Mar 7, 2014
Hope and Hesitation in Obama’s Sudden Conversion
Posted on May 10, 2012
Once again President Barack Obama has come tantalizingly close to being terrific. But his failure of courage on the gay marriage issue, in the end, undermined the point he hoped to make Wednesday. As with his prior rhetorical flashes of principle in denouncing torture, commiserating with the victims of Wall Street fraud and resolving to end unjustifiable wars, he quickly waffled and the result was a continuation of that which is fundamentally wrong.
There is only one essential point to be made about gay marriage: To acknowledge one’s own sexual being and to define the relationships that follow is a basic human right. How dare anyone intrude on a life choice that is not his to make for others? Whether the president’s family knows gay couples who are monogamous and nice to their children has no more to do with the issue than the old argument of enlightened racists in the American South that there were many fine Negroes who were not at all uppity.
Uppity as in the case of gays who were not satisfied with Obama’s prior endorsement of civil unions: “I had hesitated on gay marriages in part because I thought that civil unions would be sufficient.” As in knowing your place and being content with the bone you are tossed rather than demanding the full meal you’re entitled to.
There is enormous condescension in Obama’s assertion that “I’ve always been adamant that gay and lesbian Americans should be treated fairly and equally.” He had not been adamant enough to push for an amendment to the Civil Rights Act to end discrimination based on sexual orientation. Nor did he issue an executive order banning government agencies from contracting with businesses guilty of such discrimination.
Surely one could not have always been in favor of fairness and equality and yet succumbed to pressure from those who claimed that allowing gays to marry was somehow ungodly. “I was sensitive to the fact that for a lot of people, the word ‘marriage’ was something that invokes very powerful traditions and religious beliefs,” Obama told us, as if sensitivity is admirable when the bigots hide behind cultural norms.
No, what you don’t do is selectively cite Scripture to justify denying basic freedoms to your fellow citizens. That’s precisely why our federal Constitution bans the governmental establishment of any religion.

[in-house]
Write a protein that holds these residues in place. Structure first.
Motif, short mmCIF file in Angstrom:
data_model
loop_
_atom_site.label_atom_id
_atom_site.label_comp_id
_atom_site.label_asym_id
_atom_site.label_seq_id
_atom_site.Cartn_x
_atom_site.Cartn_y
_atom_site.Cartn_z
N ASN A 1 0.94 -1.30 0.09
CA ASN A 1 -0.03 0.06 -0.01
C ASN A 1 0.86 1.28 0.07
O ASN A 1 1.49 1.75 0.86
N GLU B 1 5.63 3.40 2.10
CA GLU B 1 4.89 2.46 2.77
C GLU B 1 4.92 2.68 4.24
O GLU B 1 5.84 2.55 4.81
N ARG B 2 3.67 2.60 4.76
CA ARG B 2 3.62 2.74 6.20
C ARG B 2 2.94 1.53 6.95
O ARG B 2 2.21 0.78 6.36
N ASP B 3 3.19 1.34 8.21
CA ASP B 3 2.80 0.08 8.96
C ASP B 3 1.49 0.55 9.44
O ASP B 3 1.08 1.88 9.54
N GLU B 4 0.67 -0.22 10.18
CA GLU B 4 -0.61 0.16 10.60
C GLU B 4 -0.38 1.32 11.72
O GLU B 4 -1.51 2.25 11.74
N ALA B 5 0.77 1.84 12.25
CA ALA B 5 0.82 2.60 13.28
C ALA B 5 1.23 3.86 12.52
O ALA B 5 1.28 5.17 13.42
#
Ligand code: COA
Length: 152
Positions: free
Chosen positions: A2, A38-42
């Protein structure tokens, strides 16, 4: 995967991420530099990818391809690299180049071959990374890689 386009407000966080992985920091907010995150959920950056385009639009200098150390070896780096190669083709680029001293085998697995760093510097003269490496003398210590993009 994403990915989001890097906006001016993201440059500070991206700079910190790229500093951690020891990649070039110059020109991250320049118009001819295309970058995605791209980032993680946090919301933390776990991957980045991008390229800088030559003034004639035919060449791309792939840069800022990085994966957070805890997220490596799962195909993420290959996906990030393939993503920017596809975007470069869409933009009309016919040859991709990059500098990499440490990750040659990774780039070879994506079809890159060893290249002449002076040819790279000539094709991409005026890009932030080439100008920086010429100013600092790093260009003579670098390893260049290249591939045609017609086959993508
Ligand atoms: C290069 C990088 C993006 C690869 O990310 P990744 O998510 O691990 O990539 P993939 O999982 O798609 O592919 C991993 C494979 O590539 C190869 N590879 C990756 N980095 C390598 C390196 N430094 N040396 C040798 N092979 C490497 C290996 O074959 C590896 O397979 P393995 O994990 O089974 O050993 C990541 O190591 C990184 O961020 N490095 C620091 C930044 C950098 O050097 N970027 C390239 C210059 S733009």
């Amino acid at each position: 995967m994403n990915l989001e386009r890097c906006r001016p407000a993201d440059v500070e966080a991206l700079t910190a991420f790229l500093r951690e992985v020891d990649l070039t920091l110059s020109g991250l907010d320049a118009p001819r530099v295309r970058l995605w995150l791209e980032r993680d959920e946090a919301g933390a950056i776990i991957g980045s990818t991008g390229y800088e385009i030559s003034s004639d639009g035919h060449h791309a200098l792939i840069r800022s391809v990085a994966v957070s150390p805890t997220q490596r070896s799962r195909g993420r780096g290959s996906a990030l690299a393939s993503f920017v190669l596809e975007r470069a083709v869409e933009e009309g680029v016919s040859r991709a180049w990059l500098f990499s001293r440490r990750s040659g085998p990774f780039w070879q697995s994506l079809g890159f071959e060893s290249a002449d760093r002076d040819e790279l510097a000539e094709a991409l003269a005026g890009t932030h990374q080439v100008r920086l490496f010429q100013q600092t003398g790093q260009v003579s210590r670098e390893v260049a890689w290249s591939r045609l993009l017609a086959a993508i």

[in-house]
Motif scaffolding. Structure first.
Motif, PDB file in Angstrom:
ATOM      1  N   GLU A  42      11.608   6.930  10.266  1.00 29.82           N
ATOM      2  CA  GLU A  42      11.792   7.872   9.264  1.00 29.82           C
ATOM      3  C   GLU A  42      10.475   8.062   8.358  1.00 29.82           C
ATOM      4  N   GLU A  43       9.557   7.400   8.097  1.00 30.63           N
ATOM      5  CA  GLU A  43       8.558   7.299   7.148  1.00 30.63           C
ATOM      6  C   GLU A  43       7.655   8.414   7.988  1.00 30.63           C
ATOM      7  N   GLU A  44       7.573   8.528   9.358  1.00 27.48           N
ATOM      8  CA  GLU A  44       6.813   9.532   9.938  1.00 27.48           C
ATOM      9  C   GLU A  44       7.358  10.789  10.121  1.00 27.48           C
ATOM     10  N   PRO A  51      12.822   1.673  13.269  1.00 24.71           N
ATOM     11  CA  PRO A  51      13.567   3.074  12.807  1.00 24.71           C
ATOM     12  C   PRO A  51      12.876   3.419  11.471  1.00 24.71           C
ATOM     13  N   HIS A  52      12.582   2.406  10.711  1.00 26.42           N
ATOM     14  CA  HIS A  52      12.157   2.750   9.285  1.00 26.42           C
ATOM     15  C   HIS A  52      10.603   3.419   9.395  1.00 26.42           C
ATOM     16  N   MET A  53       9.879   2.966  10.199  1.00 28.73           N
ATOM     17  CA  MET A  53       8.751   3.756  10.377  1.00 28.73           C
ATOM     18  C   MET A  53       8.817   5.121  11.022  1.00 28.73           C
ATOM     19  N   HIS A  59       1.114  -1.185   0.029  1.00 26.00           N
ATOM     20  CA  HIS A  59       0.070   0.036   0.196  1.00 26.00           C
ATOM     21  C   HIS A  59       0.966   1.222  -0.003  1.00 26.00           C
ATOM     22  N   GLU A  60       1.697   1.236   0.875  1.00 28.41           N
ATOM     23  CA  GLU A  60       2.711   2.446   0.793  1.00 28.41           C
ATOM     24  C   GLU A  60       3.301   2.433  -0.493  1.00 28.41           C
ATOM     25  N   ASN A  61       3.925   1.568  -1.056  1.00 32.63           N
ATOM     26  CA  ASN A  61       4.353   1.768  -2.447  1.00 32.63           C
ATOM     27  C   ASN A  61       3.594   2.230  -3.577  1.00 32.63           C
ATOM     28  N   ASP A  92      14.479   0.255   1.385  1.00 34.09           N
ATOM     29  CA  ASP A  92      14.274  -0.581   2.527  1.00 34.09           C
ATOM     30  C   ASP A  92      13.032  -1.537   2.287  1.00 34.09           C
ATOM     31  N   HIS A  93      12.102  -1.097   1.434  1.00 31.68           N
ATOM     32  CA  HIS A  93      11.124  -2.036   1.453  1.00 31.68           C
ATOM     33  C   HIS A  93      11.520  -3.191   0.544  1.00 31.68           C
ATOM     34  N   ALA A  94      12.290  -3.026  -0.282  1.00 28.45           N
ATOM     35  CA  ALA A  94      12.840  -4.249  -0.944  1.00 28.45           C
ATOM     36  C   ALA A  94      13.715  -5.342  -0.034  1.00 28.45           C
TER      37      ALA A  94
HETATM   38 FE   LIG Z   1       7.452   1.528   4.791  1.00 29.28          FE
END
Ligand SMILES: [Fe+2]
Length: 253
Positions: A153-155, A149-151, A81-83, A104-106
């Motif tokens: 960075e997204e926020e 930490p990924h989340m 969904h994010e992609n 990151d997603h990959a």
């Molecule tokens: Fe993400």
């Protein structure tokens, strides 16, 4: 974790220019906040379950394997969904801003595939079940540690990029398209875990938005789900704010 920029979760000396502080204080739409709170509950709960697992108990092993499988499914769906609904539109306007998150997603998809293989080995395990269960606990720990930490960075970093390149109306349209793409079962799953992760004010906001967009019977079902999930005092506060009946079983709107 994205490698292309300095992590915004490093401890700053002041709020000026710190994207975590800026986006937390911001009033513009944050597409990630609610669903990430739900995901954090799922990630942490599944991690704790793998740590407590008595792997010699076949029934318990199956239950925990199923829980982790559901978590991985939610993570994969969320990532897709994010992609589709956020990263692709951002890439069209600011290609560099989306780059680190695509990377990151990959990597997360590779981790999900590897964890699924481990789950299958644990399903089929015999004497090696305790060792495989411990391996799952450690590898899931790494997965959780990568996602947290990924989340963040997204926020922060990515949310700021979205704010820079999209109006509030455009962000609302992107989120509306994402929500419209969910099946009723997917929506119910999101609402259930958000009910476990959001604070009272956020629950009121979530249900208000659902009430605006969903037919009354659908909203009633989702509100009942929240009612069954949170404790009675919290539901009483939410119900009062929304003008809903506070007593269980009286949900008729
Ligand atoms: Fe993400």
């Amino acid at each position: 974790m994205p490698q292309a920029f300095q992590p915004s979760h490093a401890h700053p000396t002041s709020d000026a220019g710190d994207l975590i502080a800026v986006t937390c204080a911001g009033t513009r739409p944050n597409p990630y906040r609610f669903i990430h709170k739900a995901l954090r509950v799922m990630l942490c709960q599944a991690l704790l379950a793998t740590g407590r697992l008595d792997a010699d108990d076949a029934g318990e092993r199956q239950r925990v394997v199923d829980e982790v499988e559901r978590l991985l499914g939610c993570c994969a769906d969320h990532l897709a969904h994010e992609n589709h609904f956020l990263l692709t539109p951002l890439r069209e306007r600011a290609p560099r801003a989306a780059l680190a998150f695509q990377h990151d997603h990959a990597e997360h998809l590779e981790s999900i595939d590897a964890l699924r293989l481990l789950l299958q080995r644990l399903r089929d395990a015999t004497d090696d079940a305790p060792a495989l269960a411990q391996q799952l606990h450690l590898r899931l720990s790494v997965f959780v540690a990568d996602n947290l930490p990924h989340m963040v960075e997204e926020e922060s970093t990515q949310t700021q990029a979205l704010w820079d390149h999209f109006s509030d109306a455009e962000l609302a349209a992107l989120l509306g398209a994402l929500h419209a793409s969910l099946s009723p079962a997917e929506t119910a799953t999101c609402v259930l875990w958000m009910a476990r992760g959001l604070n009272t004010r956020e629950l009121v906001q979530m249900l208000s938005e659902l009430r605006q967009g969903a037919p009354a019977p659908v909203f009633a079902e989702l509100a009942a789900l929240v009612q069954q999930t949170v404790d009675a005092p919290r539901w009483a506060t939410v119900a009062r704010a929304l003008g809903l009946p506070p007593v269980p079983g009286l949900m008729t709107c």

Failure to insist on an inviolable freedom for all Americans is the key weakness in the position that Obama stated in his carefully scripted interview with ABC News on Wednesday. He not only didn’t embrace a federal guarantee of the human rights of homosexuals, he endorsed the notion that the matter is one to be decided by the states, such as North Carolina, where the Democrats will hold their national convention in September. Since the voters of that state have now decided to deny gay people their rights, it would seem logical for the Democrats to refuse to hold their convention in such a retrograde environment. Perhaps if Obama’s opinion had evolved just a few days earlier he might have successfully made an argument to North Carolinians before they voted in the Tuesday referendum that produced a constitutional amendment banning same-sex unions.
The host state of the 2012 Democratic National Convention boasts of being on the cutting edge of scientific innovation, but it is mired in the swamp of primitive religious dogma. Let’s never forget that invocations of “God’s design” have historically been an invitation to religious pogroms and genocide. Only this time, as Obama’s sudden conversion suggests, the forces of intolerance just might be in decline.
The good news is that young voters have returned to the sanity of the nation’s Founders and are unwelcoming of the government’s imposing its will on their pursuit of happiness. Surely Obama was mindful that the gay marriage issue is trending sharply in that direction, and certainly his response is a reason for optimism among those fighting against second-class citizenship for gays.
A prediction that Obama’s shift will lead to deep and lasting change for the nation was offered by New York City Mayor Michael Bloomberg, an equally skilled political trend spotter: “No American president has ever supported a major expansion of civil rights that has not ultimately been adopted by the American people, and I have no doubt that this will be no exception.” From the mayor’s lips to God’s ears.
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